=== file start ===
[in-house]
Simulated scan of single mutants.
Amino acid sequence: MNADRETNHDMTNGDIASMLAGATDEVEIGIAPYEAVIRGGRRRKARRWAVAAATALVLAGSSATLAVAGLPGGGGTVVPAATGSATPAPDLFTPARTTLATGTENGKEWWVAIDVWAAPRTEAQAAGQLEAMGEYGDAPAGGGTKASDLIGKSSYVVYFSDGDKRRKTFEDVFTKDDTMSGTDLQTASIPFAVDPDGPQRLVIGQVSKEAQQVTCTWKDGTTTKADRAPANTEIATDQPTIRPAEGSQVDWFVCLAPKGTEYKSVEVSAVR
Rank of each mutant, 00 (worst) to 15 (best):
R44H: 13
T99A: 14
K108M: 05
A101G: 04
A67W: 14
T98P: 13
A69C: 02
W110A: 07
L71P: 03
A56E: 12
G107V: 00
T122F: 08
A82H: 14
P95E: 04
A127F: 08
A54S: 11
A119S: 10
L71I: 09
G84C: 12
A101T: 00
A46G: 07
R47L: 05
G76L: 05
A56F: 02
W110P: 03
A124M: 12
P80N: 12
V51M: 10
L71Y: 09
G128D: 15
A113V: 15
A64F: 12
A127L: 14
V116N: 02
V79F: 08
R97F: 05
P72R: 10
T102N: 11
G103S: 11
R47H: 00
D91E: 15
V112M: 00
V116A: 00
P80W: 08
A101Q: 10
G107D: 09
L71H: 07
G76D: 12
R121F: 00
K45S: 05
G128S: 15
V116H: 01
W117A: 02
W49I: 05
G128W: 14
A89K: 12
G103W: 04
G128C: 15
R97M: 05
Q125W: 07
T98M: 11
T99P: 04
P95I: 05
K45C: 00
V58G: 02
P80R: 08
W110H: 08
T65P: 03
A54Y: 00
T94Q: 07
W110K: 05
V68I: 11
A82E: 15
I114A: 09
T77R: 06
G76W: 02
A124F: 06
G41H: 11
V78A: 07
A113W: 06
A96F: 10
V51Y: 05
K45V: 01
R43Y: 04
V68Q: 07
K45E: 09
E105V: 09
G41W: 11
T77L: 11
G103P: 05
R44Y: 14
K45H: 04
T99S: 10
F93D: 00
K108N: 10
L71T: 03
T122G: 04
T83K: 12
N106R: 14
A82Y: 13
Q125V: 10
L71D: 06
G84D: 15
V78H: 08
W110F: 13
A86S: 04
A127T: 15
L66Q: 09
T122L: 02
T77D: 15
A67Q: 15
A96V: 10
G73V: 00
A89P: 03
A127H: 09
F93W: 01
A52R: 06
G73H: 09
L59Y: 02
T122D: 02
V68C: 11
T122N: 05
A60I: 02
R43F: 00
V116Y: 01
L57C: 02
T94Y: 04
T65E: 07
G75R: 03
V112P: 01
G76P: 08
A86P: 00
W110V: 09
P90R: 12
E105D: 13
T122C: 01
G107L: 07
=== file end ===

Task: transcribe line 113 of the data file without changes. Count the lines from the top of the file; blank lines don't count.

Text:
T122L: 02